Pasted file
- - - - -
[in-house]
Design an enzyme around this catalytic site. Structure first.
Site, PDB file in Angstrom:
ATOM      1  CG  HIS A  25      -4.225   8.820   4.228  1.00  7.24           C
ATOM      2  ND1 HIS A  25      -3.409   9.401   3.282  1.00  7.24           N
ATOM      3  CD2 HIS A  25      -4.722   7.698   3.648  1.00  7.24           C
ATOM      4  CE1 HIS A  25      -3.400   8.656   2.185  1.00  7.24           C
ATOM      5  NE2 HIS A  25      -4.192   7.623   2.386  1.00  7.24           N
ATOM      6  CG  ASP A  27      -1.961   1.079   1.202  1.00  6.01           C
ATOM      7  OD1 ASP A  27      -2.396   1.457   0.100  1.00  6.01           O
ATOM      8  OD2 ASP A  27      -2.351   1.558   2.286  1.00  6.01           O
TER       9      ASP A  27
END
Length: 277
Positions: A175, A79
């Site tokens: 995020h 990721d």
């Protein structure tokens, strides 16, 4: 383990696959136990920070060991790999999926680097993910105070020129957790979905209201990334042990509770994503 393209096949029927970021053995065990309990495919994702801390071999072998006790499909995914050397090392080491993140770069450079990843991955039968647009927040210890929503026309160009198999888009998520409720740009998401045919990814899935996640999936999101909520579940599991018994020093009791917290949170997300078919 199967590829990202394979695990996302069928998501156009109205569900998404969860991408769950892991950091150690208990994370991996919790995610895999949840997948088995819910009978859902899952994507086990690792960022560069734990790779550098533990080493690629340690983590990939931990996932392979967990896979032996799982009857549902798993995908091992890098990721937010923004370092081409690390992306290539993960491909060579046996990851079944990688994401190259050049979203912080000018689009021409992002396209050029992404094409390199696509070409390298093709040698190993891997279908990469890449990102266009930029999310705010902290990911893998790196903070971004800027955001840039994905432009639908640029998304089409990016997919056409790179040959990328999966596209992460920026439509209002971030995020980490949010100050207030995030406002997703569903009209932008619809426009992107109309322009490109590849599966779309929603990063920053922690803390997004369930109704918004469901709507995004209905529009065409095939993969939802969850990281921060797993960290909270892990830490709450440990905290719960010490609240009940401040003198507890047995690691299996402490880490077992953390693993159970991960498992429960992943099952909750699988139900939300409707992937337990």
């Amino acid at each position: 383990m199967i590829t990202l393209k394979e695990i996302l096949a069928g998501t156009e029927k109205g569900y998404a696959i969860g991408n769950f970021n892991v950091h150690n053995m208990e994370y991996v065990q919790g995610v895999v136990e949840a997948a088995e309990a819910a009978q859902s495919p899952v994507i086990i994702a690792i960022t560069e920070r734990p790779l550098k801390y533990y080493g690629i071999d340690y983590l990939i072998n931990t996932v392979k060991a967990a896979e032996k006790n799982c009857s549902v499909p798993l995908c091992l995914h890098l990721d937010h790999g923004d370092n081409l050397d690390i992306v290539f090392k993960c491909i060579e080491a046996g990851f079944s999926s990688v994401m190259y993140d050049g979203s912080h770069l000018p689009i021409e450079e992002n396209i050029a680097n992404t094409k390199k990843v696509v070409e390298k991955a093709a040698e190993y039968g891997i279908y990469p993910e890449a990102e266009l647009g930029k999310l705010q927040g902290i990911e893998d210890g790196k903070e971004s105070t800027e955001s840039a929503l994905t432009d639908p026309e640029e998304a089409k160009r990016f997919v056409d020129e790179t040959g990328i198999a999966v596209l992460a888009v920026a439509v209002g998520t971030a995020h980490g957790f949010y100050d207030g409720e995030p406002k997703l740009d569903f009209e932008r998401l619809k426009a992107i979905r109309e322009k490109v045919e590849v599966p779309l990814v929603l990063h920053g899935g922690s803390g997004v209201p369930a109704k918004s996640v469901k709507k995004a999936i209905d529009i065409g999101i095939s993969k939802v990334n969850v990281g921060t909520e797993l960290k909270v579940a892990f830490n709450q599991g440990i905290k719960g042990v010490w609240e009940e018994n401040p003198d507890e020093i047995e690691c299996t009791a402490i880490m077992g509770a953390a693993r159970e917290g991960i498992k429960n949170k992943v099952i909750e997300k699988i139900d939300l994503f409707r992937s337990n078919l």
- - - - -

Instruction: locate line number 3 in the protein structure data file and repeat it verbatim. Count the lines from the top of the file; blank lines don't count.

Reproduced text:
Site, PDB file in Angstrom: